Top 5 Sites in the Eastern Carribean

The Eastern Caribbean lies northeast of South America. Once inhabited by Carib Indian tribes, European colonialists took over the islands in the 1600s bringing in African slaves to work their plantations. Today the population reaches nearly 3 million, these islands are a hybrid of African, English and French heritage.

Surrounded by pristine water, topped by rainforest covered volcanoes and filled with unique culture the Eastern Caribbean deserves its reputation as one of the top vacation spots in the world.

Made up of active and dormant volcanoes, these islands have an explosive history dating back millions of years. Ironically, the lava spouted by the active volcanoes spawns a re-growth, creating the beautiful foliage and life that can be seen both above and below water.

Here are five of our top sites:


St. Lucia is  an island once highly sought after by the English and the French. Conflicts over the rightful owner spanned 150 years and saw the flag change 14 times. Now fully independent it remains a member of the Commonwealth. An eclectic mix of cultures that inhabit St. Lucia.

Castries is one of the busiest Caribbean ports, with cruise ships passing through and supplies being brought in.

St. Lucia’s colourful, friendly nature truly stands out while visiting this 100-year-old Saturday Market in the capital of Castries. Here you’ll find freshly picked bananas, today’s catch, local spices and hand made crafts.* But most of Castries historic buildings have been lost in the 4 fires it has survived in the last 2.5 centuries.*

The Pitons, St Lucia:

The inner beauty of the majestic Pitons rise 2,619 feet above sea level,. The peaks are a signature site of St Lucia and  can be climbed.


Climbing the now dormant volcano known as Mount Pelee, you bare witness to the single survivor and 30,000 fatalities that resulted from the 1902 eruption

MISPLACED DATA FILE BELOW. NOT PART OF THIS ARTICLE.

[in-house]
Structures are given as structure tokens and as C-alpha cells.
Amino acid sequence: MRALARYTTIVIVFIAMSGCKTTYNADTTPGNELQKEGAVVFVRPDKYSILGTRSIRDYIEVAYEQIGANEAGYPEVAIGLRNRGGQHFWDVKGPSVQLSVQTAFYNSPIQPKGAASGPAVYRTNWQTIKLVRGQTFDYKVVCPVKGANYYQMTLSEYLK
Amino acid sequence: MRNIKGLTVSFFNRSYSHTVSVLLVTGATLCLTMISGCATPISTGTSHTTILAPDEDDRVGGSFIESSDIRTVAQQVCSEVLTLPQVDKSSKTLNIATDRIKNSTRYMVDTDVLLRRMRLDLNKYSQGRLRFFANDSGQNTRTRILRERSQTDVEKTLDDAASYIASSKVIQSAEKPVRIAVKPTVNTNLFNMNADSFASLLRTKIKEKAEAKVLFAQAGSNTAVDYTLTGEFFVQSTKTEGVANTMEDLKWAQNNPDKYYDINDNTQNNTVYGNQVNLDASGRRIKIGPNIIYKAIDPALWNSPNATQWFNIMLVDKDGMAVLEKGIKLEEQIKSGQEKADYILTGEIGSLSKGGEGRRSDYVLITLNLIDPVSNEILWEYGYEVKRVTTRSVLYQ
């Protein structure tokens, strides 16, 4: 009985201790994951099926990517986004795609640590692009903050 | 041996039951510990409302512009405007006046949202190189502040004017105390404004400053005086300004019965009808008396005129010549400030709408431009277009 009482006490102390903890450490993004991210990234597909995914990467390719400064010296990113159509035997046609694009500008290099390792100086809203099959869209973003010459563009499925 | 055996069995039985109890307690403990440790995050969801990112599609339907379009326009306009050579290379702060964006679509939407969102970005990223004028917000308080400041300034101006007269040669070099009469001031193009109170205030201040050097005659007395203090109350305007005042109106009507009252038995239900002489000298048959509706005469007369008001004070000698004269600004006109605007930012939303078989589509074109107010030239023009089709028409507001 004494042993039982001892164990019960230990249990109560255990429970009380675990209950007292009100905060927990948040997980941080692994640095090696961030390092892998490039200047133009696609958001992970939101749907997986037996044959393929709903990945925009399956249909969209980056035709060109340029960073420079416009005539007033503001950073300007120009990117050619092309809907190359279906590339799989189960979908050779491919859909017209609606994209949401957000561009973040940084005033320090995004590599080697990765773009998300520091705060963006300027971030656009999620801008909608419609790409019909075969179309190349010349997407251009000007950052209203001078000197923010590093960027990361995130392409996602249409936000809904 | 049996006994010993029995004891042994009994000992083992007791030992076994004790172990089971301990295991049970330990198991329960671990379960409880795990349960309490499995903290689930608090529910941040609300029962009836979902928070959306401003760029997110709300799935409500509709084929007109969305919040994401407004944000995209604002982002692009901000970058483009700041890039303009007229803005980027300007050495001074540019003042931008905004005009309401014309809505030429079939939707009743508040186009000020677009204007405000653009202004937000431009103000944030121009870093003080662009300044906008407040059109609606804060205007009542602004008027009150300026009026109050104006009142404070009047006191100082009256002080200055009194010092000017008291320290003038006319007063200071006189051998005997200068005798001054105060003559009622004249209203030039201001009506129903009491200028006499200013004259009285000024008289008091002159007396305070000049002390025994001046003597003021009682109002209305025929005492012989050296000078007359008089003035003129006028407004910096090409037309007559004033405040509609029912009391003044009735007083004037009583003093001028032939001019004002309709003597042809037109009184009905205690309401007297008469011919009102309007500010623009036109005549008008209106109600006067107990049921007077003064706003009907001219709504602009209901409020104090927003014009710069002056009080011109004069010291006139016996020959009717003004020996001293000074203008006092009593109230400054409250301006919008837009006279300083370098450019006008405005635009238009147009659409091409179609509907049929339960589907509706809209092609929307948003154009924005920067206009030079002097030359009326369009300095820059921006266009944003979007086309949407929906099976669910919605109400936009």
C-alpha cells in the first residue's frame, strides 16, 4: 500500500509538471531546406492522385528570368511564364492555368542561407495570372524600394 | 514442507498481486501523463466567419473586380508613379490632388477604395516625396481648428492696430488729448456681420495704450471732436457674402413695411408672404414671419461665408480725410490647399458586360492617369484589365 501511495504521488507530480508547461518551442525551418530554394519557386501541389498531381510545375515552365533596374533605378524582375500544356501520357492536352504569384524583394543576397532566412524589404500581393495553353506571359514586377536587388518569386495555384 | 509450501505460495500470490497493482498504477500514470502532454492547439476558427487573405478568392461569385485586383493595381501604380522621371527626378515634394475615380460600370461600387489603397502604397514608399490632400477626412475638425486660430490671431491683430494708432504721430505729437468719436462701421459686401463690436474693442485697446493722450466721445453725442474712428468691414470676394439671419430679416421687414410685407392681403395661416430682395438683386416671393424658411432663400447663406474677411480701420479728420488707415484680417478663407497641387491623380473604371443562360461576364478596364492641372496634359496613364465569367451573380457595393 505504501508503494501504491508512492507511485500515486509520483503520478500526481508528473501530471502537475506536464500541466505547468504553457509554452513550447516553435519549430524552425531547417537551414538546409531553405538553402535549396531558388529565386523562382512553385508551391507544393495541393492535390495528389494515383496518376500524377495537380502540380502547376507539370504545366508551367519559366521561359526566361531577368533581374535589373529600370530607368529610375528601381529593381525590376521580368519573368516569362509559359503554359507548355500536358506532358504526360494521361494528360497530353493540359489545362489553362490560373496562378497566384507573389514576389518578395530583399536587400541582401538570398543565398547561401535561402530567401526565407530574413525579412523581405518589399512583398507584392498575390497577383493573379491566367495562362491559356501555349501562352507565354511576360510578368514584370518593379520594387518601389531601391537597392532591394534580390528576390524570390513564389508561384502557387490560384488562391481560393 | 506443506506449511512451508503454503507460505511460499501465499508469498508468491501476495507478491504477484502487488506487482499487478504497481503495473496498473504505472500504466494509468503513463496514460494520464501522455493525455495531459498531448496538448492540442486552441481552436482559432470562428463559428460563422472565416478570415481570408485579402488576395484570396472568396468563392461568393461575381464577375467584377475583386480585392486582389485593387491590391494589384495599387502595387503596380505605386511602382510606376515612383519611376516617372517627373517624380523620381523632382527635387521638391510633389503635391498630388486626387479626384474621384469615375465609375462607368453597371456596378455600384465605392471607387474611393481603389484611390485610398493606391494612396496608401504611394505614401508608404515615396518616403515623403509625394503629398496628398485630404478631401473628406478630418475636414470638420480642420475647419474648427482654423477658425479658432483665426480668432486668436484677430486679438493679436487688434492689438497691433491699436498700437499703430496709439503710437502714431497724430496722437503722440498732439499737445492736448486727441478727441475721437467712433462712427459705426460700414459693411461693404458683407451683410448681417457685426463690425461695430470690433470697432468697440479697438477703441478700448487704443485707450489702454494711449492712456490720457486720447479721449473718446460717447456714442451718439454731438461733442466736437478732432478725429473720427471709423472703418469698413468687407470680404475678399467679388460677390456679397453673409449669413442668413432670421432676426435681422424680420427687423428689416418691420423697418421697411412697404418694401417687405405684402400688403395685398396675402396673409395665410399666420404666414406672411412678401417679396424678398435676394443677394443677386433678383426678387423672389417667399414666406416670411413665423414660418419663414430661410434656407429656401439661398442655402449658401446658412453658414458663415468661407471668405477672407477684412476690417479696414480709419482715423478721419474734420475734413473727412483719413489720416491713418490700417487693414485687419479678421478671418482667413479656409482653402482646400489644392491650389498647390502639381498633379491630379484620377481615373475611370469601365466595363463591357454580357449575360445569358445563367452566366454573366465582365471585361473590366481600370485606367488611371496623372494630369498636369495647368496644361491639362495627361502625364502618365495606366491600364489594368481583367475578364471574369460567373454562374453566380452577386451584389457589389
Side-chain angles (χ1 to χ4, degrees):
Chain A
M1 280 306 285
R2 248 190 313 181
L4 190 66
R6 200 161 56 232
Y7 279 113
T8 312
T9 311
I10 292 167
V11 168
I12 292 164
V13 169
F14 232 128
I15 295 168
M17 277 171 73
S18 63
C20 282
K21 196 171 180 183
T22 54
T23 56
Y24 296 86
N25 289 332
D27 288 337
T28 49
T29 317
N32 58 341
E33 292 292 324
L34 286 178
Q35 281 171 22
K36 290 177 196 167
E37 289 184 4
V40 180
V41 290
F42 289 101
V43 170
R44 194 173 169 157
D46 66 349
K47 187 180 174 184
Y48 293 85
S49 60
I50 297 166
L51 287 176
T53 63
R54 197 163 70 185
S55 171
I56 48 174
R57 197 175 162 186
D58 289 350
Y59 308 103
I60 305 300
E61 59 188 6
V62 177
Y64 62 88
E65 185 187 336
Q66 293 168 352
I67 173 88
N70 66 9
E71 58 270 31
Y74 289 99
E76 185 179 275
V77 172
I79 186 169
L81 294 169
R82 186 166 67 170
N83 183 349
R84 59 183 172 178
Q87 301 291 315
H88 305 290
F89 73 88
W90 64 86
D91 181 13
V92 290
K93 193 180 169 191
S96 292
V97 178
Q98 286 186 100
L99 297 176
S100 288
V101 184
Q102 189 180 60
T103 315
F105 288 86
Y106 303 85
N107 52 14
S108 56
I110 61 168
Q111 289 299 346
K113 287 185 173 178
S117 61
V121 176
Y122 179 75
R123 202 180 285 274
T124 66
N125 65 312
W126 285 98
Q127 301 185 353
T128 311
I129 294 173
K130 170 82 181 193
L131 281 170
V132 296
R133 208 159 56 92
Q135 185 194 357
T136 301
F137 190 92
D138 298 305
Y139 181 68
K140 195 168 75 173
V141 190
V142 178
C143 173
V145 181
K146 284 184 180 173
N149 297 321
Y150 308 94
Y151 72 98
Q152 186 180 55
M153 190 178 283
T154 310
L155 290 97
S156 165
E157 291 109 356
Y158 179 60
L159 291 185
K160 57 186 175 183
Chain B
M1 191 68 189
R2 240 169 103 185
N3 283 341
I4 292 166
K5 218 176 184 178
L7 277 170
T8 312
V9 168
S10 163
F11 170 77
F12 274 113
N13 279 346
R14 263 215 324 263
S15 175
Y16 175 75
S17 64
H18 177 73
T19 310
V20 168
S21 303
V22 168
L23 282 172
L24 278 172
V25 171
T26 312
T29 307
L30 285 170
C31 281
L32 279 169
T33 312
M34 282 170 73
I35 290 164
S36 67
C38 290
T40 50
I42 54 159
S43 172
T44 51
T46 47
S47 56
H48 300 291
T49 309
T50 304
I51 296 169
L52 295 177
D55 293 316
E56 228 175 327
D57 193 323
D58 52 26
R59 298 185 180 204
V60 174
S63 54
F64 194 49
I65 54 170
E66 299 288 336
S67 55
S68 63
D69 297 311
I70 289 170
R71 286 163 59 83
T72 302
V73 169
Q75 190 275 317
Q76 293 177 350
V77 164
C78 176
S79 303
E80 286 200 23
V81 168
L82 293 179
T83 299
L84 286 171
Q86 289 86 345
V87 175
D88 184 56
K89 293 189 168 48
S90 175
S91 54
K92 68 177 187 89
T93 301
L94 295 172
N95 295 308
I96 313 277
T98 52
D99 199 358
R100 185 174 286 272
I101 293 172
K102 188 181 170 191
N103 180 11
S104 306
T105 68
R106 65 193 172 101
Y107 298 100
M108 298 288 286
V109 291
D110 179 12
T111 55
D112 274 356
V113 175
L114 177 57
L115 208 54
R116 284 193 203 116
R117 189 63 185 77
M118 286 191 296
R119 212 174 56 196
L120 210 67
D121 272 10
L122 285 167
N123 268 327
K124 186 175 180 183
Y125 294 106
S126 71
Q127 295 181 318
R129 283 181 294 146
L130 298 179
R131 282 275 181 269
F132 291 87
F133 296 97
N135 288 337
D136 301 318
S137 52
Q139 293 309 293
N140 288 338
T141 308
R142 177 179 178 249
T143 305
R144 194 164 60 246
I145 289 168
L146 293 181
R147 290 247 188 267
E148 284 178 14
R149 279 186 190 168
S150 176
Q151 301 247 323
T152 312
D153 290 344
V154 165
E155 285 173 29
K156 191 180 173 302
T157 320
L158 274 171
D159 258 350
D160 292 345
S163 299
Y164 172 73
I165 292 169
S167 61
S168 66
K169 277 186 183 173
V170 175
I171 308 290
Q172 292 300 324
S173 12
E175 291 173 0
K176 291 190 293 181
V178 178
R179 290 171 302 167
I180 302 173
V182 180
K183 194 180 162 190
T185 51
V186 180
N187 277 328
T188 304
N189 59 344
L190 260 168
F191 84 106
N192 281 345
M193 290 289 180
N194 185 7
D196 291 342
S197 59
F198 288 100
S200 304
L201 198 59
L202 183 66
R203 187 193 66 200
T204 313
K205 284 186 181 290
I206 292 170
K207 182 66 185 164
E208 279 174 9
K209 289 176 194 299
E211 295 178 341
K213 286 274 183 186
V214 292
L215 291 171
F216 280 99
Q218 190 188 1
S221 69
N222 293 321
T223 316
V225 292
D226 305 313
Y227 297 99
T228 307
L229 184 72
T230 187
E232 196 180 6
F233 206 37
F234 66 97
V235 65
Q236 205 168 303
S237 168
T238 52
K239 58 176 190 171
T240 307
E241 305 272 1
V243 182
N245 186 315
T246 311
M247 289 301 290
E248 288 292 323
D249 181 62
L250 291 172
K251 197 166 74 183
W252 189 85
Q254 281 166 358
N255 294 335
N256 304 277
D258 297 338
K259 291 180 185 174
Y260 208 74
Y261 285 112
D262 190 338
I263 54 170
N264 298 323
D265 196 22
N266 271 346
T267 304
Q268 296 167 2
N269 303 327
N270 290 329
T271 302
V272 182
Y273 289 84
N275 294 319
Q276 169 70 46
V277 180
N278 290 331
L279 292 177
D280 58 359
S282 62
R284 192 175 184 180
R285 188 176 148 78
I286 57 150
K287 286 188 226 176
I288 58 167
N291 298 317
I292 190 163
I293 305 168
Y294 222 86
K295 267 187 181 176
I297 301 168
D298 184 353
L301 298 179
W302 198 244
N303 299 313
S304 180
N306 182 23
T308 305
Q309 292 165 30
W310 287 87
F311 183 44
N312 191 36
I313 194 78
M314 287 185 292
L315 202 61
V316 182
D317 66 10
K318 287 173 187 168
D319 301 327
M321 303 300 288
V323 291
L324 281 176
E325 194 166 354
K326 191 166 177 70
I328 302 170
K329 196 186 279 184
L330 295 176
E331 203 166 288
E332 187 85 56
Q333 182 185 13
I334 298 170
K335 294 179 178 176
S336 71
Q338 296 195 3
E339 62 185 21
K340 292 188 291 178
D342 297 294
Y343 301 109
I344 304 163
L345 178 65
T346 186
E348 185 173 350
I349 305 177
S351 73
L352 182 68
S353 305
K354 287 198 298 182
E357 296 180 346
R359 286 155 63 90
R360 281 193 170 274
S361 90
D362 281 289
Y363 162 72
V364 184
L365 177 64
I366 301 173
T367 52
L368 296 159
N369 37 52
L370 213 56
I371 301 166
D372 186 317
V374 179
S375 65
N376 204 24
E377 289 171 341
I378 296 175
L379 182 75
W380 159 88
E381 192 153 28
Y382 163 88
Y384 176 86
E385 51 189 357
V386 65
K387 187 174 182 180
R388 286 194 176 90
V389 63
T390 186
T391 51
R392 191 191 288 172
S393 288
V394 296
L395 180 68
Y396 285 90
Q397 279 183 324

The birthplace of former French Emporer Napolean’s wife Empress Josephine, Martinique is a little slice of France set down in the tropics.

English Harbour, Antigua:

Situated on the south-eastern coast English Harbour provides one of the largest deep water, protected harbors in the Eastern Caribbean. It is the site of UNESCO World Heritage Site Nelson’s Dockyard, a restored British colonial naval station named after Vice-Admiral Horatio Nelson. English Harbour and the neighbouring village of Falmouth are yachting and sailing destinations and provisioning centres. During Antigua Sailing Week, at the end of April and beginning of May, an annual regatta brings a number of sailing vessels and sailors to the island to take part in sporting events.

Brimstone Hill Fortress , St Kitts

Now a National Park and a UNESCO World Heritage Site, this is a well-preserved fortress on a hill on the island of St. Kitts. It was designed by British military engineers, and was built and maintained by enslaved Africans. It is one of the best preserved historical fortifications in the Americas.

Located on a steep hill, and the site of numerous conflicts between the French and the British, the fortress was  considered impregnable and described as the “ Gibraltar of the Carribean”